Another interesting development was the reaction to the sick man’s healing.

John 5:9-10:
“At once the man was cured; he picked up his mat and walked. The day on which this took place was a Sabbath, and so the Jews said to the man who had been healed, “It is the Sabbath; the law forbids you to carry your mat.””
NIV

These Jews were the custodians of the law. They sought to challenge this man’s healing because it violated their laws. Today, the situation is not different. We have men who refuse to enter into the kingdom of God, and yet by their so-called traditions and laws, they shut the door to those trying to enter. The lesson here is that, we are bound to face opposition whenever we make that decision to switch or shift into the new system based on grace.

“And from the days of John the Baptist until the present time, the kingdom of heaven has endured violent assault, and violent men seize it by force [as a precious prize — a share in the heavenly kingdom is sought with most ardent zeal and intense exertion].” Matt 11:12, AMP

The order has changed! But sadly, most of us are like this invalid. We are glued to an old system, although there is a new and better system. We are stuck to using our own efforts to solve problems we could never solve on our own. It’s time to acknowledge the need for a savior. It’s time to stop struggling with sin, addictions, sicknesses, lack and needs in our lives. Why are we strangely occupied in solving an old problem that has already been solved? God has already provided a solution for every need through an awesome Savior – Jesus Christ.  It is therefore not a question of whether we have faith or not. Rather, it is about what or who we chose to place our faith in.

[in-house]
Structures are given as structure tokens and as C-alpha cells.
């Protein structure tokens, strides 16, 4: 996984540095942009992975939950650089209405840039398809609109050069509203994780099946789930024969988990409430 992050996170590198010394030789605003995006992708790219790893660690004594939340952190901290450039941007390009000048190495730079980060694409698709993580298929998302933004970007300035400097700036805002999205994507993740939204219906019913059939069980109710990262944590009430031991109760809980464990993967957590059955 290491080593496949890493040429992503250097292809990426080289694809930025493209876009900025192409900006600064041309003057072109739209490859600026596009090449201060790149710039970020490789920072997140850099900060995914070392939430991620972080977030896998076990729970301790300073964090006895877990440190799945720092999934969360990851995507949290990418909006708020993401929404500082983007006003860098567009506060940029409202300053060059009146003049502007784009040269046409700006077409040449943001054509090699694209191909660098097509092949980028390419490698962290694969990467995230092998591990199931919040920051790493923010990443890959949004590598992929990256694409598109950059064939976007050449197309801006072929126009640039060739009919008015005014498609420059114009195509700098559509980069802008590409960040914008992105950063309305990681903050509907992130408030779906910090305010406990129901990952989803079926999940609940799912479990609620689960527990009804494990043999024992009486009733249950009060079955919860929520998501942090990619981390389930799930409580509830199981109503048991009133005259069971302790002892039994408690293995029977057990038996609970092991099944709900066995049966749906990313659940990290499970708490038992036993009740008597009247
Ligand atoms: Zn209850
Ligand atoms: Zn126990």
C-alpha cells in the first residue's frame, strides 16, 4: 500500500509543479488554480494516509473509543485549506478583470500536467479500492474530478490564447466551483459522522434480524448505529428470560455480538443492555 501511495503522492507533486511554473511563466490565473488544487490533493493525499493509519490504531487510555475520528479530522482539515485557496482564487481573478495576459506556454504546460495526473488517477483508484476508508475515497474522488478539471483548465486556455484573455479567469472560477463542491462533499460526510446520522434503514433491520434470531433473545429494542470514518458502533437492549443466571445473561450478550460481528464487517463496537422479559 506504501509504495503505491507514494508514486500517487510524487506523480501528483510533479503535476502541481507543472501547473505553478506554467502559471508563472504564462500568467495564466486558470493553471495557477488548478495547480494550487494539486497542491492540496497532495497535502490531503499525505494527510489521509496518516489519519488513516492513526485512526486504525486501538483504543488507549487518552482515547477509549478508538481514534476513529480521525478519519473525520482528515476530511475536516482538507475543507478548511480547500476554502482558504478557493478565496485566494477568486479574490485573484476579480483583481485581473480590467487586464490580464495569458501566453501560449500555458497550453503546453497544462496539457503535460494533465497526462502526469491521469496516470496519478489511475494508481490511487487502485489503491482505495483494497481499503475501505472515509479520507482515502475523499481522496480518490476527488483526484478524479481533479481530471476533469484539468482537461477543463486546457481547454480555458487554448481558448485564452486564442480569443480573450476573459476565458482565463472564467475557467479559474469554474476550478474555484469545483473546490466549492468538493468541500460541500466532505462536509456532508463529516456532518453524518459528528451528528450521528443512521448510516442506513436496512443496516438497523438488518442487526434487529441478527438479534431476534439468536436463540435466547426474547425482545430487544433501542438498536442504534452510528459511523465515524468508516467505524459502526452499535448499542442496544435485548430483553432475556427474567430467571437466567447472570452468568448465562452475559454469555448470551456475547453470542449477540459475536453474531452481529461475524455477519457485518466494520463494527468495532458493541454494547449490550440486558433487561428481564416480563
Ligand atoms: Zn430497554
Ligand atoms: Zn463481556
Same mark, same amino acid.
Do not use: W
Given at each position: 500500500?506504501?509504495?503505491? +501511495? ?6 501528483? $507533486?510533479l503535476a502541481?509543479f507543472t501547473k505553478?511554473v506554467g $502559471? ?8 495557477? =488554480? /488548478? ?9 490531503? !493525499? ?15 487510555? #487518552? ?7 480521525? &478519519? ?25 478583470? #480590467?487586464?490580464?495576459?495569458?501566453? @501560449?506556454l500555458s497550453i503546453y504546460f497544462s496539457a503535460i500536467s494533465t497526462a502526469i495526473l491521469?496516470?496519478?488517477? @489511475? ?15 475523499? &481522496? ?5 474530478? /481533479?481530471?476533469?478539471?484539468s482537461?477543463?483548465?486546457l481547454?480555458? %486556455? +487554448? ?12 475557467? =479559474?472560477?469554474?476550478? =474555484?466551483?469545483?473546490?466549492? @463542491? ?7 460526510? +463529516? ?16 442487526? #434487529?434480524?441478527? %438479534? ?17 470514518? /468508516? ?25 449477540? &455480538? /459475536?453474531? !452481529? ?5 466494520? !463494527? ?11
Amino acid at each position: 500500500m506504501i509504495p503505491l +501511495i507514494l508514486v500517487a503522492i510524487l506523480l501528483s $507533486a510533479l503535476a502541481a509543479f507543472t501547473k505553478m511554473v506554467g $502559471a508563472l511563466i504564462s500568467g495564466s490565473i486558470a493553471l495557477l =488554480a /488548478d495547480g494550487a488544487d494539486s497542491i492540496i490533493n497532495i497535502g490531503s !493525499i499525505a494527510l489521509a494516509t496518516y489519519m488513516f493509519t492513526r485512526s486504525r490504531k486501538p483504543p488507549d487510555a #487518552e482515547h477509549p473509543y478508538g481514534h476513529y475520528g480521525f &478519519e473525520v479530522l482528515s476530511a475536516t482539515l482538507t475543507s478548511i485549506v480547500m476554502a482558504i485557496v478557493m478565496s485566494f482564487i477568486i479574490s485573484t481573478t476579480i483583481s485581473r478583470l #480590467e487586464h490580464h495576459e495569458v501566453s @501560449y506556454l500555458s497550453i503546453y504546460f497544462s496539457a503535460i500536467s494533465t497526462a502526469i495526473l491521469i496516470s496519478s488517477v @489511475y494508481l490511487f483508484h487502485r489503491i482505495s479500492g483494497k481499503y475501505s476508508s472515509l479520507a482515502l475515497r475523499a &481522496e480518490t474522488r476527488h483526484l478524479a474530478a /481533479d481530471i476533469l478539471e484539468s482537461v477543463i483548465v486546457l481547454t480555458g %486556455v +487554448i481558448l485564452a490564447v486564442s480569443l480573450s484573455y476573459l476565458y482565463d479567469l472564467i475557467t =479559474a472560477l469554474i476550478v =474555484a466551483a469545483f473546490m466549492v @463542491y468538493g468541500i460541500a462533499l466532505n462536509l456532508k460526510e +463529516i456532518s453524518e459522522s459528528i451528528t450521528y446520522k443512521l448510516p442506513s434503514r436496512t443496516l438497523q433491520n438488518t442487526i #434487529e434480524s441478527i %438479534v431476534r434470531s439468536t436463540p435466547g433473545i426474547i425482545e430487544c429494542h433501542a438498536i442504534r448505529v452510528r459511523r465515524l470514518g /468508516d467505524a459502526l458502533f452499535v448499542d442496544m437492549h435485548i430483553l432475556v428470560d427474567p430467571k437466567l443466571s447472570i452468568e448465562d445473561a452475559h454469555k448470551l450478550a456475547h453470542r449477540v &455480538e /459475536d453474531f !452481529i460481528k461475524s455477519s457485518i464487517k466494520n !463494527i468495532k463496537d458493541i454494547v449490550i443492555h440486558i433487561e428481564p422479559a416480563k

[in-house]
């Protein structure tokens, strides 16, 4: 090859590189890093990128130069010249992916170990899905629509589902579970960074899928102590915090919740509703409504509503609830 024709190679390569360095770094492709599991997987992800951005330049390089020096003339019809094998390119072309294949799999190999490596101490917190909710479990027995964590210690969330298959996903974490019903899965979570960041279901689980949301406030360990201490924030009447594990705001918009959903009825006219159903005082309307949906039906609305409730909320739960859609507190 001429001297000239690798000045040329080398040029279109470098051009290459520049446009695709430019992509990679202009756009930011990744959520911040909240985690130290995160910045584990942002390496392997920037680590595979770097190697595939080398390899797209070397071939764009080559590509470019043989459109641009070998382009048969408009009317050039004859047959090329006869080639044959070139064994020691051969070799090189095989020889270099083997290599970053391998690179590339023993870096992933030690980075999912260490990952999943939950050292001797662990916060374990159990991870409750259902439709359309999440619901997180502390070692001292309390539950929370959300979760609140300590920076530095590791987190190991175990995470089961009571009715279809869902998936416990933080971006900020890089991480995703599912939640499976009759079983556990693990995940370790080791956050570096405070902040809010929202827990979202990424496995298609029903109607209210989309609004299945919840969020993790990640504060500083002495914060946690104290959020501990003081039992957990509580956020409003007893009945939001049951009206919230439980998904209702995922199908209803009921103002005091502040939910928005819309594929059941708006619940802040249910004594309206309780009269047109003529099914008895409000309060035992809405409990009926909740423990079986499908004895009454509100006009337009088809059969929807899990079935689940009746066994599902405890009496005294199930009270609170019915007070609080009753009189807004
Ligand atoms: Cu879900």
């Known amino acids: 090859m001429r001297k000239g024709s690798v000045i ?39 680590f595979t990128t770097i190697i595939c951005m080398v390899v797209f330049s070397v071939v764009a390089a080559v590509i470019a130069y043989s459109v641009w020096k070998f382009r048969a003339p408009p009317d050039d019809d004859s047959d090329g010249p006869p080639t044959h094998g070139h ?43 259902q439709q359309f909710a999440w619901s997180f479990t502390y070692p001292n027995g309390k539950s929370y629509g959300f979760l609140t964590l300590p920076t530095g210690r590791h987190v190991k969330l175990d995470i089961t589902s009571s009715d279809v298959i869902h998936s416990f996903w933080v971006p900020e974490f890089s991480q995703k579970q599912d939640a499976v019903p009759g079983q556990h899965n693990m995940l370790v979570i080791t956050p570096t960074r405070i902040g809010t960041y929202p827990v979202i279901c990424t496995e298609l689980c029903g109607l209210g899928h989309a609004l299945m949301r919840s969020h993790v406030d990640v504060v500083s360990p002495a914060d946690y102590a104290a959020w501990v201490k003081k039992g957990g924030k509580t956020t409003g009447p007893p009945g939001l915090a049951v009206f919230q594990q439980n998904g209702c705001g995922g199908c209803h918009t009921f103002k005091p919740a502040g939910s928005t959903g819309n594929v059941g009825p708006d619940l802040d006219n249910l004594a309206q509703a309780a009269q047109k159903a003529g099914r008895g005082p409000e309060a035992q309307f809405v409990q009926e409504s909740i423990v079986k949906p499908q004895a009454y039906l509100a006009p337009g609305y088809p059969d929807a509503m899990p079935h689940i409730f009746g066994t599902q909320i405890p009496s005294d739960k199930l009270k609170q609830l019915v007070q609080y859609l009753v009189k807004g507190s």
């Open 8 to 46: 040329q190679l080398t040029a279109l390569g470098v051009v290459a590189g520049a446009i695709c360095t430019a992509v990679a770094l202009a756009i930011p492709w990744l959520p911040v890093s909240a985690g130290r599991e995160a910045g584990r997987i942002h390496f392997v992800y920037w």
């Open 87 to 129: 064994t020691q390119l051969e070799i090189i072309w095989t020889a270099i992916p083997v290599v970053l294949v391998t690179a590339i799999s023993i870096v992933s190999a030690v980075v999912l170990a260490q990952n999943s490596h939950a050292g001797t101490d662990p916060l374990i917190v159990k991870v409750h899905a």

In conclusion, I submit to you a paradigm shift from an old system that did not only lack a Savoir, but also sabotaged your efforts to get saved, to a new system that has an awesome Savoir and is also founded on the sure corner stone of grace.

Eph 2:8-9
For it is by grace you have been saved, through faith — and this not from yourselves, it is the gift of God— not by works, so that no one can boast.
NIV

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Posted by on March 15, 2013 in Commentary

 

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Saved by Grace

Eph 2:8-9
For by grace are ye saved through faith; and that not of yourselves: it is the gift of God:
Not of works, lest any man should boast.
KJVsaved by grace

 
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Posted by on January 13, 2013 in Apologetics, Testimony

 

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Love: the only true delight!

Prov 30:18-19
There are three things too wonderful for me to understand-no, four! How an eagle glides through the sky. How a serpent crawls upon a rock. How a ship finds its way across the heaving ocean. The growth of love between a man and a girl.
TLB

Some folks take offense at this subject of love. Others run from it and some fear it; The rich cannot buy it and the wise cannot understand it; but Love is a true delight to those that find it!

Lesson 1: Love is an Attraction.